This is second straight year that Texas' pass defense has written, and re-written, school records for futility. It makes some of John Mackovic's units look like the Dallas Cowboys. That's why A&M's wide-open game plan wasn't as innovative as it was inevitable. Play-action pass, throwbacks, wheel routes and screens? It doesn't take the Ol' Ball Coach to come up with that kind of stuff. Do you suppose Aggie coaches might have seen Texas' defensive game film against Nebraska, Oklahoma State and Texas Tech?
QB Stephen McGee had more completions at the end of the first-quarter than he did in the entire game in Austin last year. He had a career passing day by halftime (209 yards) and finished with Texas Tech-like numbers (362 yards). Hey, if McGee could inflict this type of damage with just two weeks to prepare, imagine what either Missouri's or Kansas' seasoned passing attacks might have done against Texas' undersized, arm-tackling DBs and its overpursuing, out-of-position, arm-tackling starting linebackers?
The defense allowed a 95-yard drive to fall into a 17-0 deficit after the Aggies score on a fake FG. Later, there wasn't a linebacker within 10 yards of RB Michael Goodson on the wheel route that negated the momentum generated by Quan Cosby's 91-yard KO return for TD. There was less than 10 minutes remaining in the game before the defense forced the second Aggie punt.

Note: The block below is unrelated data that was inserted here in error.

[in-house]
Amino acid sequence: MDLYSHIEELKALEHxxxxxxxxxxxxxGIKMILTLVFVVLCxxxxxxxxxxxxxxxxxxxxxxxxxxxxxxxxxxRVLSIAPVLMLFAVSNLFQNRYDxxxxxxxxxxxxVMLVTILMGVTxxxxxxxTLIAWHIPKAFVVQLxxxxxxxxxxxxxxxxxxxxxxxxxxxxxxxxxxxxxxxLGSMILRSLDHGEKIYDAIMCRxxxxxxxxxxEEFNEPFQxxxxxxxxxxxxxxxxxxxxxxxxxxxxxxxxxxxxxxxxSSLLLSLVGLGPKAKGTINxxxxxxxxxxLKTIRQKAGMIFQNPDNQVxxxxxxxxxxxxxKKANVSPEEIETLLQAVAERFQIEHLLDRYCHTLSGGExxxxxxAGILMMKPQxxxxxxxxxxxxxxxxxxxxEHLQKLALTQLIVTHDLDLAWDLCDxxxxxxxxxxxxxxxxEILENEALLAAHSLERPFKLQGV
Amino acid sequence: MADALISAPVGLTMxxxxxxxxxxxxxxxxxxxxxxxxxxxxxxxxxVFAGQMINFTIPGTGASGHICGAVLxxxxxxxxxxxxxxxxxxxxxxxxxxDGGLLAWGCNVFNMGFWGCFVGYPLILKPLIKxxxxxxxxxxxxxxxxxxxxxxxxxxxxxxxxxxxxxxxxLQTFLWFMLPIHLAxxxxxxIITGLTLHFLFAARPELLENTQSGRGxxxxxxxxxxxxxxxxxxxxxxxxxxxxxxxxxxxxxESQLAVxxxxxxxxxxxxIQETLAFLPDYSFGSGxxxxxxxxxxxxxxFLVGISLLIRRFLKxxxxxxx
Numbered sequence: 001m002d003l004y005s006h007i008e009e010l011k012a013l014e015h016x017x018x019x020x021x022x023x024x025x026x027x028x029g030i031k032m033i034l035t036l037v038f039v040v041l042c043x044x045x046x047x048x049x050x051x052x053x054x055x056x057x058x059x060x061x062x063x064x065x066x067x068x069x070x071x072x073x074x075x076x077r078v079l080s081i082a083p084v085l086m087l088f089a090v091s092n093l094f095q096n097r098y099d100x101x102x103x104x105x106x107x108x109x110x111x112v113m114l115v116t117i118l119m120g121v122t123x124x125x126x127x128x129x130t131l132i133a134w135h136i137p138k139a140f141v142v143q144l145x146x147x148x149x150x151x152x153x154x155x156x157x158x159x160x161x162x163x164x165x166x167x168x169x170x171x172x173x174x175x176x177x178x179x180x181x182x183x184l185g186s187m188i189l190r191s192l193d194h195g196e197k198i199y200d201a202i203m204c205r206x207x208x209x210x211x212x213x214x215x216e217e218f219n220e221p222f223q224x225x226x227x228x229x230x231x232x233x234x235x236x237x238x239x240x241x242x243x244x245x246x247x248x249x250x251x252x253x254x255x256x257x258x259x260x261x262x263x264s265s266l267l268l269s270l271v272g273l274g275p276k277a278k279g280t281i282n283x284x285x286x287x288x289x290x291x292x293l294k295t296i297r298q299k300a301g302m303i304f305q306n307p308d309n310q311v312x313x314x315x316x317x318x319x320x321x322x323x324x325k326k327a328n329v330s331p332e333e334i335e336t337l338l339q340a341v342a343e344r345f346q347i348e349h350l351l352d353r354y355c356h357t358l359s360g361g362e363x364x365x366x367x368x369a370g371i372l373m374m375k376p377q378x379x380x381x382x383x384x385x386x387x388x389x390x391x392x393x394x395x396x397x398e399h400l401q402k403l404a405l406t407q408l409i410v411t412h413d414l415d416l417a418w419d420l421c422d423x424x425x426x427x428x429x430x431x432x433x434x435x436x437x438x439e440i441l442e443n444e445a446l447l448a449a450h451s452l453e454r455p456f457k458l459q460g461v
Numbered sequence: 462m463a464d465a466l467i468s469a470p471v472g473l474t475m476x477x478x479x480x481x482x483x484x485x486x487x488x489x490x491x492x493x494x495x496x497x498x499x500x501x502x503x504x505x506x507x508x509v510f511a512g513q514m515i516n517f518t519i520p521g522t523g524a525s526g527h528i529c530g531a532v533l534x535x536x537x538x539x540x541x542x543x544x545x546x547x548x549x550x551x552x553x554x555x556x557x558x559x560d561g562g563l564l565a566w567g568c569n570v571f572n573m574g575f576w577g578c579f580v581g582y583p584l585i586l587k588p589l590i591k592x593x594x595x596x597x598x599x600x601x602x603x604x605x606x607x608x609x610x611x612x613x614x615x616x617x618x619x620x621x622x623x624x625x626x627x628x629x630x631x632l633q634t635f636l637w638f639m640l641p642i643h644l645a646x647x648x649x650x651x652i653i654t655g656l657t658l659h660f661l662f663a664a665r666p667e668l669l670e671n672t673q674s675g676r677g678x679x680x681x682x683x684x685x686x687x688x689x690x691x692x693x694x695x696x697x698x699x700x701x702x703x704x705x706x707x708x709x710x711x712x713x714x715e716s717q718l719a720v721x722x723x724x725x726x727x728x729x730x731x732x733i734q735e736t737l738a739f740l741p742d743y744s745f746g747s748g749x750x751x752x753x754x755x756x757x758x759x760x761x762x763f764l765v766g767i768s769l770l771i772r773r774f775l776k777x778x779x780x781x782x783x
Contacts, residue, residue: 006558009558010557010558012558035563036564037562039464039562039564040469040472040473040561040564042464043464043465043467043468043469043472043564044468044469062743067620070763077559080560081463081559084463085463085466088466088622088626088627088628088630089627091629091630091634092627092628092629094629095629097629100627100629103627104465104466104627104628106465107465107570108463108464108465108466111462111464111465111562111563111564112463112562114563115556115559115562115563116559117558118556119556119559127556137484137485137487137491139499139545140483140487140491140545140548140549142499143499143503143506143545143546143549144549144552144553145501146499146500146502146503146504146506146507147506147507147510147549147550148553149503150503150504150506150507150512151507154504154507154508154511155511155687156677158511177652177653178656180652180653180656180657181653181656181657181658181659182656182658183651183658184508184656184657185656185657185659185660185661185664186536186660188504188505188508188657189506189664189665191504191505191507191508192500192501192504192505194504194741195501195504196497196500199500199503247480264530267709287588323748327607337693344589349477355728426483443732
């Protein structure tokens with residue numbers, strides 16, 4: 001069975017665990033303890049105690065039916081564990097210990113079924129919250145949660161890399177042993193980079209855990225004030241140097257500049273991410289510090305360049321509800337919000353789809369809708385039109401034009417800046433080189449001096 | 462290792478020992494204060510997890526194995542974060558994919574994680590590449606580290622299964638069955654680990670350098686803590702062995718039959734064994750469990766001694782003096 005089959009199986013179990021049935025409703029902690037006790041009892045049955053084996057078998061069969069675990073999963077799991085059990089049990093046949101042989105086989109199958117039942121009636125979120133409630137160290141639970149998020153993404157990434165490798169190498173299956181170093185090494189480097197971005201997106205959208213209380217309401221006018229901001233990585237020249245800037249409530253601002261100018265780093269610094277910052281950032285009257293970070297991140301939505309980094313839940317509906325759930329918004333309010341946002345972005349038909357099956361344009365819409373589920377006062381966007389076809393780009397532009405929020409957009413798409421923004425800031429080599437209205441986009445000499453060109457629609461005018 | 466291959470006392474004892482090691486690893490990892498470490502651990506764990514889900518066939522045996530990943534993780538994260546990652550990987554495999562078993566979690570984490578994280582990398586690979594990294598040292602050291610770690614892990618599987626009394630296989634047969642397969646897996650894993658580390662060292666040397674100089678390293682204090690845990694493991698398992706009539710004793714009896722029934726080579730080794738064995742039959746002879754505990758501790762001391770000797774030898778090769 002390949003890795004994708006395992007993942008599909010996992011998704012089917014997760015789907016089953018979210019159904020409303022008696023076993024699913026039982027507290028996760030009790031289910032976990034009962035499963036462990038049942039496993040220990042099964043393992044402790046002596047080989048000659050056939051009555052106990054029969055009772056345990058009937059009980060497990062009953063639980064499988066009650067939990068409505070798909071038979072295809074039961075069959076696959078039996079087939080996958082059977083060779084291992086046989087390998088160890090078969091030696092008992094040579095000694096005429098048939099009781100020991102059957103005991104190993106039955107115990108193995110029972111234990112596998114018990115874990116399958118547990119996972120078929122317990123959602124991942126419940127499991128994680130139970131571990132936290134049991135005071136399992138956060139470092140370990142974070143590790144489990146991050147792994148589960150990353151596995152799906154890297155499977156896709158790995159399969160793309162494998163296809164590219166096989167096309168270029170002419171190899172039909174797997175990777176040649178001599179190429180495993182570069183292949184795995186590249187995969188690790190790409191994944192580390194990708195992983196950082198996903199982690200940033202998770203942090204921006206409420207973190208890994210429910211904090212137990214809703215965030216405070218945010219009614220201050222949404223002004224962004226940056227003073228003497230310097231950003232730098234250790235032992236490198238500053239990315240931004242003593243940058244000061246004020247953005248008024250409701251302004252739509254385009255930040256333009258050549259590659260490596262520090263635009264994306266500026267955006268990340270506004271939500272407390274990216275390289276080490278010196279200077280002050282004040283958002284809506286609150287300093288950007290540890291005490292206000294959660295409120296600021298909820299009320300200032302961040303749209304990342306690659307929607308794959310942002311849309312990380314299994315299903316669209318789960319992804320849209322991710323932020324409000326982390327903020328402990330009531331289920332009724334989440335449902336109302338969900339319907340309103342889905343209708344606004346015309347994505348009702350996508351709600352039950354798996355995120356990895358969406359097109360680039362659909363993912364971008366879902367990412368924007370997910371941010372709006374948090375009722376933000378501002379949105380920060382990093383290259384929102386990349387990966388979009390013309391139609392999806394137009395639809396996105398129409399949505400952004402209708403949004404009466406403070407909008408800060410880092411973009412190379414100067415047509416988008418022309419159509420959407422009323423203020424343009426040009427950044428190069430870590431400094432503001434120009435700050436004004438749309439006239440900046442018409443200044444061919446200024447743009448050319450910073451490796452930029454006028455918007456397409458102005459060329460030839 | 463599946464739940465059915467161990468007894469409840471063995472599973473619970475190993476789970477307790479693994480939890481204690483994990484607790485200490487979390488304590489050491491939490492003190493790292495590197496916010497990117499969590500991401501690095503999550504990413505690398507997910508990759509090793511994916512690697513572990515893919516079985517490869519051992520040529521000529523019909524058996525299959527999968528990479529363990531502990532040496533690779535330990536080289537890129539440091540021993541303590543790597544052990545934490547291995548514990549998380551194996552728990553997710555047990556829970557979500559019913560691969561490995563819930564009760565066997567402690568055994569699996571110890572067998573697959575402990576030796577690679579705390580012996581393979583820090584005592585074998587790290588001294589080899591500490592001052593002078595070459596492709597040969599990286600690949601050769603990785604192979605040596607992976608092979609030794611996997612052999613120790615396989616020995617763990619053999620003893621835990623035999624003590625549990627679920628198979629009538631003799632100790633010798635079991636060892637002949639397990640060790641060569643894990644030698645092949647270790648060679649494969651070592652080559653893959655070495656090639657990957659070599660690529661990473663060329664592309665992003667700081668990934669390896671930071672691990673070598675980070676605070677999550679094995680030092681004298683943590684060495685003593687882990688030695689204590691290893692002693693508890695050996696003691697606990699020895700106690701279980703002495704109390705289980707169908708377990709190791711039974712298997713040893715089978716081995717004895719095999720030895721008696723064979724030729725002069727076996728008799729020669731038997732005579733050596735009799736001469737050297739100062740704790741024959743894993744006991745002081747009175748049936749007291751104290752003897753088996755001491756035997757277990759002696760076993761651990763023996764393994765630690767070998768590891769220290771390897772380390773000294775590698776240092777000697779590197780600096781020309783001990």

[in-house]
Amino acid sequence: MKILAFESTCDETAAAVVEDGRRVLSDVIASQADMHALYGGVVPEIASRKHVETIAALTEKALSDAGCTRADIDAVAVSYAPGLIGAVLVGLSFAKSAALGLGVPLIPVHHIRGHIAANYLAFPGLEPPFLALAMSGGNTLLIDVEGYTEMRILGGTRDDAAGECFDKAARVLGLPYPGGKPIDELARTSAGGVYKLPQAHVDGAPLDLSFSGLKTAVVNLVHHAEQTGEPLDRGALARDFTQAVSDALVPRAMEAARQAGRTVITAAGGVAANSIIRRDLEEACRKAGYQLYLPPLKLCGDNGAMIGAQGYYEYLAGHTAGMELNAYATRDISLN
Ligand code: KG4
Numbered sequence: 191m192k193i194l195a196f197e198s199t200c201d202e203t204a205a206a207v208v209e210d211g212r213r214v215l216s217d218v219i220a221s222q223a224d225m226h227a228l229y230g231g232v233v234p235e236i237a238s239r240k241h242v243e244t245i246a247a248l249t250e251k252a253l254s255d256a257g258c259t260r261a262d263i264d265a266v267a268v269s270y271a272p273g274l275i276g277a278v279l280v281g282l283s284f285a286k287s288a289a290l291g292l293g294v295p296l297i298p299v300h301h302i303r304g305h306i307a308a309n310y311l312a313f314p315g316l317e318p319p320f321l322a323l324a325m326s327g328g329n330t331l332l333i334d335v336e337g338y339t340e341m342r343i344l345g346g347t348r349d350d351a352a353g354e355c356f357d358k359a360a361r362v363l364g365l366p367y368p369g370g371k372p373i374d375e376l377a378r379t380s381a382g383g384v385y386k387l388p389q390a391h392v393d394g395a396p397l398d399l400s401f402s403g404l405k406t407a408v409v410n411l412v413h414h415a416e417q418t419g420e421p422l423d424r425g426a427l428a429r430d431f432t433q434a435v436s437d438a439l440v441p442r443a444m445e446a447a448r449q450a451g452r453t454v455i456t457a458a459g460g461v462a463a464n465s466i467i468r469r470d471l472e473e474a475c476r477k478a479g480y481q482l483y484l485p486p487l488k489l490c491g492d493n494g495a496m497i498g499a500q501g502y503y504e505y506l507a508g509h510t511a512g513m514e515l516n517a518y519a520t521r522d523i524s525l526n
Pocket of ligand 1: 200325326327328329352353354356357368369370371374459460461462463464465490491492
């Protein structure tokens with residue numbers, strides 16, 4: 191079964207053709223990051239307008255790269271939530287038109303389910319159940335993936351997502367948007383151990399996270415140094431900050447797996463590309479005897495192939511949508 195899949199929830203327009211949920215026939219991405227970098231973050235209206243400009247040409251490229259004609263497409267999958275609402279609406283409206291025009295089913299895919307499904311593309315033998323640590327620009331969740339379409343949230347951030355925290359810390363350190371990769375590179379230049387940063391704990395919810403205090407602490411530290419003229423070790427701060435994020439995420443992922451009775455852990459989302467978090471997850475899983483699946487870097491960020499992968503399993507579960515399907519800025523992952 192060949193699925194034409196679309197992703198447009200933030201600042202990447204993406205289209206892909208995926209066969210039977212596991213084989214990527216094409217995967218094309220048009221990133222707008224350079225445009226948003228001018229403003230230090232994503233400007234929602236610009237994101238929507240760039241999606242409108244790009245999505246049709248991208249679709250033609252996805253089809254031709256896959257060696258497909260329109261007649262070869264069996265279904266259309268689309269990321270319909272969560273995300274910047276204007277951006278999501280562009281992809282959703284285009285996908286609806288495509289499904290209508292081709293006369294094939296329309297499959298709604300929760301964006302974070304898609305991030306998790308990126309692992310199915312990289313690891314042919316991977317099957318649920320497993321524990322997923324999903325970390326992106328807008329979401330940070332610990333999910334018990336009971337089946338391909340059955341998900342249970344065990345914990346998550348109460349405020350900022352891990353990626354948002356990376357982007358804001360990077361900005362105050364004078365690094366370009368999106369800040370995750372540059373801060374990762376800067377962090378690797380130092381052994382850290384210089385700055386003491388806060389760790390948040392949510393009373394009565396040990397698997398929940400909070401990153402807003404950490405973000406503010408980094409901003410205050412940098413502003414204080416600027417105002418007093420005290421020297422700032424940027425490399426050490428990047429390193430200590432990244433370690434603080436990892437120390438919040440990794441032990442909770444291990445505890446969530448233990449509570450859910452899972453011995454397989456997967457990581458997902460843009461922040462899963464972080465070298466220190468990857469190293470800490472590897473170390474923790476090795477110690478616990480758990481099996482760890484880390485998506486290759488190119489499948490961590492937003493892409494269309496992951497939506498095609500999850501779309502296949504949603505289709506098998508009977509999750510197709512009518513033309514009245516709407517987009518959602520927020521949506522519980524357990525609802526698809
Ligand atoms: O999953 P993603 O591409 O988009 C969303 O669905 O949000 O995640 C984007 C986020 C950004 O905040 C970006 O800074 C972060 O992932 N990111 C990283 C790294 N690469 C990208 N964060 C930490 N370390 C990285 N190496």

There has been plenty of talk that Defensive Coordinator Duane Akina is far more effective strictly as a DB positions coach rather than managing the entire unit. A few have called for his head, but that talk is entirely premature given the fact that Akina replaced three starting DBs from the program's worst-ever pass defense. But Akina must be served notice (the same goes for first-year linebackers coach Larry Mac Duff) that there must now be significant improvement in the pass defense because it cost Texas dearly Friday. Problems with the pass defense began last year when coaches failed to build depth in the secondary. (When scholarship athletes do not log their first start until their senior year, there usually is a reason for that.) Little was done this year to build depth in the secondary as Texas now looks to replace three more starting DBs.
On top of being relegated to second-tier status, this marks the first time in 14 years that Texas has lost both to A&M and Oklahoma in the same season. By Texas' standards, there is no way this can qualify as a good season despite the possibility of another 10-win campaign. Meanwhile, the Aggies were able to pressure QB Colt McCoy without a steady diet of blitzes, manufacturing an honest pass rush against Texas' young, patch-work offensive line. Evidence of why freshman LT Tray Allen hasn't received more PT? His man went unblocked to flush McCoy out of the pocket on 3rd-and-three to end a promising first-quarter drive.
There is a larger issue. ABC commentators asked why Texas failed to play with any sense of purpose despite working its way back into BCS consideration and with a legitimate shot to play in the Big 12 Championship just 80 miles south of Austin in Horn-friendly San Antonio. Despite some heroic comebacks that kept a 9-3 campaign from cratering into a 6-6 season, this is a Texas team that has generally played without any sense of purpose and without urgency until it finds its butt in a crack late in the game. It's been that way since the lackluster home-opener against lowly Arkansas State, and Brown said he can't figure it out